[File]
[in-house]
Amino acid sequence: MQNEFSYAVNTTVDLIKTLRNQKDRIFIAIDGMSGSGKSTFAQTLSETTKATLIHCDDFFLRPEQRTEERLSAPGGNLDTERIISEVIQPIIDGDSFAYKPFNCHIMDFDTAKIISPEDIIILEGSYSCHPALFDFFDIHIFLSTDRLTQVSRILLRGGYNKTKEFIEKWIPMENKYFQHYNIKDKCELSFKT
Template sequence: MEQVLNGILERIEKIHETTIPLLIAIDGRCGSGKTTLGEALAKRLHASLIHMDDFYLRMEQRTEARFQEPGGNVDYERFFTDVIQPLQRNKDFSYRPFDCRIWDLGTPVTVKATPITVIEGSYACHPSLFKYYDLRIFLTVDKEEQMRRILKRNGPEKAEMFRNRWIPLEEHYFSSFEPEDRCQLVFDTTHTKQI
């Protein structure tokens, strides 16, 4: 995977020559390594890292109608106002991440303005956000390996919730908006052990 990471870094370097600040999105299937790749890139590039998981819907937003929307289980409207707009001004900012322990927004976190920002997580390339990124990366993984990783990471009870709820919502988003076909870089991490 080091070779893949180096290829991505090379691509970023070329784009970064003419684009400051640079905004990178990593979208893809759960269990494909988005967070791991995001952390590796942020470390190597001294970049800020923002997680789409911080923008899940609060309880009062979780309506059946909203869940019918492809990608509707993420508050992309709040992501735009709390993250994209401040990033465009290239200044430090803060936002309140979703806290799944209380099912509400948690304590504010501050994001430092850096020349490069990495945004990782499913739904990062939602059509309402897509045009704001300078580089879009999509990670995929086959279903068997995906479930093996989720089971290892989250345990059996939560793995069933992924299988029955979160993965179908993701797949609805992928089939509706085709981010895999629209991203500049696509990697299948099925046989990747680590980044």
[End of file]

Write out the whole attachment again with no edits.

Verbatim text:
[in-house]
Amino acid sequence: MQNEFSYAVNTTVDLIKTLRNQKDRIFIAIDGMSGSGKSTFAQTLSETTKATLIHCDDFFLRPEQRTEERLSAPGGNLDTERIISEVIQPIIDGDSFAYKPFNCHIMDFDTAKIISPEDIIILEGSYSCHPALFDFFDIHIFLSTDRLTQVSRILLRGGYNKTKEFIEKWIPMENKYFQHYNIKDKCELSFKT
Template sequence: MEQVLNGILERIEKIHETTIPLLIAIDGRCGSGKTTLGEALAKRLHASLIHMDDFYLRMEQRTEARFQEPGGNVDYERFFTDVIQPLQRNKDFSYRPFDCRIWDLGTPVTVKATPITVIEGSYACHPSLFKYYDLRIFLTVDKEEQMRRILKRNGPEKAEMFRNRWIPLEEHYFSSFEPEDRCQLVFDTTHTKQI
């Protein structure tokens, strides 16, 4: 995977020559390594890292109608106002991440303005956000390996919730908006052990 990471870094370097600040999105299937790749890139590039998981819907937003929307289980409207707009001004900012322990927004976190920002997580390339990124990366993984990783990471009870709820919502988003076909870089991490 080091070779893949180096290829991505090379691509970023070329784009970064003419684009400051640079905004990178990593979208893809759960269990494909988005967070791991995001952390590796942020470390190597001294970049800020923002997680789409911080923008899940609060309880009062979780309506059946909203869940019918492809990608509707993420508050992309709040992501735009709390993250994209401040990033465009290239200044430090803060936002309140979703806290799944209380099912509400948690304590504010501050994001430092850096020349490069990495945004990782499913739904990062939602059509309402897509045009704001300078580089879009999509990670995929086959279903068997995906479930093996989720089971290892989250345990059996939560793995069933992924299988029955979160993965179908993701797949609805992928089939509706085709981010895999629209991203500049696509990697299948099925046989990747680590980044």